The Tipping Point

Goodbye old roof.

Goodbye old roof.

Hello new roof.

Hello new roof.

Watching the roofers scurry up and down 40′ ladders and perching on gutters – with no apparent fear or regard for safety – must have addled my brain. I, who sit at a desk most days, thought it would be a fine idea to scurry up and down a 32′ ladder to paint the exterior bits of the porch.

I’m not a complete weakling…but jockeying a mouse around a desktop doesn’t do much for my upper body strength. And while I can carry a 32′ ladder on its side, getting it upright and in position is an entirely different matter. I’m not stellar at math…but 32 divided by 2 is, let’s see…16. With my (weak) arms stretched above my 5’6″ head, I can grasp things about 80″ up. On my tiptoes. That is well below the 16′ tipping point of a 32′ ladder…and that makes it difficult to – no, damn near dangerous – for me to move around.

And of course, with only one ladder and a lot of porch exterior to scrape then paint, there is a lot of moving of the ladder.

I now understand why the roofers put up four, then simply left them in place through most of the job.

This? Not fun.

This? Not fun.

But I got the porch scraping done; all flaking paint has been removed, and I scraped off some bubbling bits on a stretch of dentil moulding as well. And I am so very thankful it was but a stretch that required it; the dentil moulding goes around the entire porch.

At about 8:30 p.m. last night, I started painting the areas that will be dark gray-blue. By 9:15 or so, it was too dark to continue. By 9:30, I was on my couch realizing that I’d hurt myself. But at least I didn’t send the ladder crashing through the neighbor’s window (it was a close call a couple times).

Wow. I made it look even worse.

Wow. I made it look even worse.

This morning, with a high temp for the day projected at 90°, I got up with the sun to try to get in a little more work outside before it got too hot. I made some coffee, ambled out back and eyed the big ladder. Then I walked back inside and had some more coffee, while massaging my aching right shoulder.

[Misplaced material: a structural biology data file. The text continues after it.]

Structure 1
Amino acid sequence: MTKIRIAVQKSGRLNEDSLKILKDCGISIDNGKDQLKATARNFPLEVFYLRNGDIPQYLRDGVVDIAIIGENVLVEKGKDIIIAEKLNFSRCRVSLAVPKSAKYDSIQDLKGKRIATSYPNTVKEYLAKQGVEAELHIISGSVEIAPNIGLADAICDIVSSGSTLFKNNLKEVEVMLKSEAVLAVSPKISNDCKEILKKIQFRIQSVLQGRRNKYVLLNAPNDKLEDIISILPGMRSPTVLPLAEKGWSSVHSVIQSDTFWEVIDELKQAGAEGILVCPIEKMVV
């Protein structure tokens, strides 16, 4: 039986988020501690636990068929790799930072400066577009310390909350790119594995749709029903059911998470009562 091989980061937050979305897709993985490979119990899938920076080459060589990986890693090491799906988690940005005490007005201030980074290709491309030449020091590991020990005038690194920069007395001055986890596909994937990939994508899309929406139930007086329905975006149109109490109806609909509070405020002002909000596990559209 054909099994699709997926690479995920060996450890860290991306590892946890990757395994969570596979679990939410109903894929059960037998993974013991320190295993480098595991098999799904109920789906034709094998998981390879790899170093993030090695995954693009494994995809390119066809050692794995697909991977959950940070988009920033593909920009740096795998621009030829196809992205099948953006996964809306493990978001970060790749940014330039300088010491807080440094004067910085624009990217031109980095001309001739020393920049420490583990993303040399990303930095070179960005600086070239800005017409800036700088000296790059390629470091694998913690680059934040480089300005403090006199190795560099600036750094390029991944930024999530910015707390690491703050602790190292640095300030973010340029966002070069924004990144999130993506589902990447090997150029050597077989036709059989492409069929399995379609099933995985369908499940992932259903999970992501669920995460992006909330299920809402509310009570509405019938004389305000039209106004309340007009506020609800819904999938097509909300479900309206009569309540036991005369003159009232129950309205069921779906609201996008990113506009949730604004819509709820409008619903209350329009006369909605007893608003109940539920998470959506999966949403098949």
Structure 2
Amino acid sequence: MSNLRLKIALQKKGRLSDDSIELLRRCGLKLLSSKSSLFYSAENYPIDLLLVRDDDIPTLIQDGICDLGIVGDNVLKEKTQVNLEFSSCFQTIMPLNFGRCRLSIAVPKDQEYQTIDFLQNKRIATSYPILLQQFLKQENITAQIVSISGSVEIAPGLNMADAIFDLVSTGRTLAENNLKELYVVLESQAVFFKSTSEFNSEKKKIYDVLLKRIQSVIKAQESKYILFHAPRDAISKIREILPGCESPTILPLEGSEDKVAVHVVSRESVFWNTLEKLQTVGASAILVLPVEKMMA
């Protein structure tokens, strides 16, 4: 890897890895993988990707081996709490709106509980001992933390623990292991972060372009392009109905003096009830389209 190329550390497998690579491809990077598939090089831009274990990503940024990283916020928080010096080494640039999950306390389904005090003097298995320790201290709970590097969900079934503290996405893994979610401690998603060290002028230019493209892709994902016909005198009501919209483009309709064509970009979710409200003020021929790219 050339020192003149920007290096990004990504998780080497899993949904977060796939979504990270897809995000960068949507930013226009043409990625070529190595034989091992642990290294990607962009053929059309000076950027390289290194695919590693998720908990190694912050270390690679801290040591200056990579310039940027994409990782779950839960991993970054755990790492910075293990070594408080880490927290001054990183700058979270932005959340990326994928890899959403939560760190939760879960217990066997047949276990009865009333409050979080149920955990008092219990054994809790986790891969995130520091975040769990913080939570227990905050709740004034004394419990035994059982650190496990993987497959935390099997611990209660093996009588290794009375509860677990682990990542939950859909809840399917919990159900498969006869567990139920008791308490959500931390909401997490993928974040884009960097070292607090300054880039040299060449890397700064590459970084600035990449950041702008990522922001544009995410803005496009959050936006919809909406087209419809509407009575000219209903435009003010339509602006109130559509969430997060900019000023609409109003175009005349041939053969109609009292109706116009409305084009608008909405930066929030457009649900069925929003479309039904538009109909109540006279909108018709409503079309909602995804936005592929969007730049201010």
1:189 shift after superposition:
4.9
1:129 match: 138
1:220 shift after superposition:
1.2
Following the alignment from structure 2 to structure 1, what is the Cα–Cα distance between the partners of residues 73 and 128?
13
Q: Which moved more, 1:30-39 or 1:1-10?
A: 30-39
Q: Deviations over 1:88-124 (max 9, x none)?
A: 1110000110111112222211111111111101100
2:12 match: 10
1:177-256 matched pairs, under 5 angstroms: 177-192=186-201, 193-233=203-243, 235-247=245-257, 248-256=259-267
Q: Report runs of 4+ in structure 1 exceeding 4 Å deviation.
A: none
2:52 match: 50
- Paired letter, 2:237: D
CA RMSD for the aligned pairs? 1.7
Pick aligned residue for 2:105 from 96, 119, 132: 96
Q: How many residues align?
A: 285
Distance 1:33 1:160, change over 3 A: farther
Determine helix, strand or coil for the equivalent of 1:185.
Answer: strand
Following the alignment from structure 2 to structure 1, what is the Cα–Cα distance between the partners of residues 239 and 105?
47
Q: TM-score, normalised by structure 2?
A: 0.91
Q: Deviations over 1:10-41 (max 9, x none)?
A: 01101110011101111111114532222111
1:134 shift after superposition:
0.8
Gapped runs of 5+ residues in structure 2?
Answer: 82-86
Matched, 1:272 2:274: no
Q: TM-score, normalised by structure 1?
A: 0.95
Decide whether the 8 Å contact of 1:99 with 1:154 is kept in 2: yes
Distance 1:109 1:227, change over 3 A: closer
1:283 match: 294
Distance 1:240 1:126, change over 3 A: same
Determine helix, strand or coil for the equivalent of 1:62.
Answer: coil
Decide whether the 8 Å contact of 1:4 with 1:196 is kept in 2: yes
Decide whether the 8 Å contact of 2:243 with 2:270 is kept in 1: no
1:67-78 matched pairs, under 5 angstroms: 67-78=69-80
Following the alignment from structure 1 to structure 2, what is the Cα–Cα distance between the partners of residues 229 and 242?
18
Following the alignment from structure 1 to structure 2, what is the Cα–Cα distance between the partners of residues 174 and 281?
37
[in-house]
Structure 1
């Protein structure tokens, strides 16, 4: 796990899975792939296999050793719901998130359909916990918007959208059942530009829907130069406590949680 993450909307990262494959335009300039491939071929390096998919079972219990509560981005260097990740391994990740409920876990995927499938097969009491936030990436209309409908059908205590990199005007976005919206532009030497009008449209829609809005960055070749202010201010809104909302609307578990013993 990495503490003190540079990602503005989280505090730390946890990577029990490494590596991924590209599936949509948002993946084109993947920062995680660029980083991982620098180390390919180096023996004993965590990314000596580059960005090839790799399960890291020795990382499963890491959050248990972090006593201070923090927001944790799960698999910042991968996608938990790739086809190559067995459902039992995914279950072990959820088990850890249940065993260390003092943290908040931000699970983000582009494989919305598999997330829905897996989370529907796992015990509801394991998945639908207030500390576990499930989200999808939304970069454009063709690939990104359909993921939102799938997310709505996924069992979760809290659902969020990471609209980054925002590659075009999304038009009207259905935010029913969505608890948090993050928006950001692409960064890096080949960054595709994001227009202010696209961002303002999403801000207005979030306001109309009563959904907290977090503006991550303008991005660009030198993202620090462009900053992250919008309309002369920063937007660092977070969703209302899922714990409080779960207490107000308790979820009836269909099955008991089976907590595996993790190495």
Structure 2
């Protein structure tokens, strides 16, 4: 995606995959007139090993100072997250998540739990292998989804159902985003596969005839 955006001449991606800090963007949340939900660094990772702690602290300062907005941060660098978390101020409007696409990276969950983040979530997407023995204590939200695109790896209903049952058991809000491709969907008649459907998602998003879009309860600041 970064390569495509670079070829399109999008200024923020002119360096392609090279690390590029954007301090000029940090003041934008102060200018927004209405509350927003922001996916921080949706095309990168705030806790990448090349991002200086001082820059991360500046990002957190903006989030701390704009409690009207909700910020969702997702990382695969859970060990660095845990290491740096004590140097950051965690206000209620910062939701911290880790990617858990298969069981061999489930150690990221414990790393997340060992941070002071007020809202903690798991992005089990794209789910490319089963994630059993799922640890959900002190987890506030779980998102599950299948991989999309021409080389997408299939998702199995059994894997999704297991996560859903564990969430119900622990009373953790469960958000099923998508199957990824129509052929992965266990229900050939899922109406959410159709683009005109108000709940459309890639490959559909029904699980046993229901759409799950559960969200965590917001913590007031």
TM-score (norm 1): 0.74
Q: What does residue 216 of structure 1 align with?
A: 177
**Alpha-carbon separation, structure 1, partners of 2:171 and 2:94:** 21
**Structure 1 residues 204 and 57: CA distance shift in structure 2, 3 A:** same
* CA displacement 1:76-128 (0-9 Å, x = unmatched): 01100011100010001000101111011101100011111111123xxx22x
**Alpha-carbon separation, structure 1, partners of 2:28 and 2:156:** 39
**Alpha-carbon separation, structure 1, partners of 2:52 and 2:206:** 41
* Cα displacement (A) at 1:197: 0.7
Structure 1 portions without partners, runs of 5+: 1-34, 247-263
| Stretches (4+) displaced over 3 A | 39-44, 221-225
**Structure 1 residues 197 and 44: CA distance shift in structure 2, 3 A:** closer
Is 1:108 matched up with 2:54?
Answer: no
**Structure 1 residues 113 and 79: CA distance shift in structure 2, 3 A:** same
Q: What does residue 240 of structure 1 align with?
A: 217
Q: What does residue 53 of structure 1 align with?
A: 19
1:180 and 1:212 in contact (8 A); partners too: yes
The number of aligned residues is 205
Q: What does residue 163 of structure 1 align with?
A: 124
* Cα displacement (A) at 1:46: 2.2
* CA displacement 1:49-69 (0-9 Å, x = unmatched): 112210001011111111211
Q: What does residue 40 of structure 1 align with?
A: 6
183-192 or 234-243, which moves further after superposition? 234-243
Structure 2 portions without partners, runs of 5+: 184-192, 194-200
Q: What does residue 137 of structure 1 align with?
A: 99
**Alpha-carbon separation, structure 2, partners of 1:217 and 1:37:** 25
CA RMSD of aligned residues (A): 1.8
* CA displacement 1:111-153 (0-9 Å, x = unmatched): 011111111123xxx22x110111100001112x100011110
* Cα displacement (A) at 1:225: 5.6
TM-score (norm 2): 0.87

Instead, I decided to do something “easy” – paint the lintels, sills and window frames on the second-floor front windows.

While the sills and bottoms of the frames were indeed easy, it turns out I’m too short to reach the lintel and the upper frame reaches. And the porch roof changes planes right where one would ideally put a ladder. If one had the proper type of ladder to put there. I do not.

Kids, don't try this at home. Or anywhere else.

Kids, don’t try this at home. Or anywhere else.

On one side, I tried a stepladder. This is among the most idiotic things I’ve ever done – and I knew it the second I stepped onto it. But with a fingertip death grip on the window frame, I got that lintel painted. Then I had some more coffee, and used my head.

On the second window, I lowered the upper sash, then I was able to stand on the sill, get a good grip on the frame through the top opening, and barely reach the extents of the lintel and the upper frame with my brush.

But I’ve reached my tipping point on the rest. I’m hiring a painter.

 

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About fitz

Editor & content director for Popular Woodworking, ABD PhD focused on early modern drama, freelance content and copy editor/writer, ailurophile
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4 Responses to The Tipping Point

  1. Kurt says:

    Three words. Rental basket lift. No ladders and you get to drive it around!

  2. potomacker says:

    Any task requiring a ladder easily doubles the required time to finish it.

  3. BLZeebub says:

    Ditto on hiring a pro. In all my days climbing heights for work, the only times I fell were off ladders. We need you pushing your mouse around and cranking out your mag. Stick to making sawdust near the ground and cracking your editorial whip at your day job. We need you around, Fitz. All 66″ of you.

  4. bsrlee says:

    Handy tip for getting loose paint (and stucco etc.) off – use an air compressor, long hose and a small jet tip. Works a treat, took a few hours to blow all the loose render off my neighbour’s house before it was redone.

    If you are going to be doing high work it really is a good investment to buy your own safety harness (with the break away style decelerator webbing) and a load of climbing rope – just don’t tie it off to a car, that is just tempting fate (and Warner Bros. cartoons). Toss a light leader line over the roof then use that to drag the main rope over, tie it off to something immovable, connect loose end to safety harness and adjust as you go. Better to look silly hanging from the roof than in hospital in a full body cast, or a slab.

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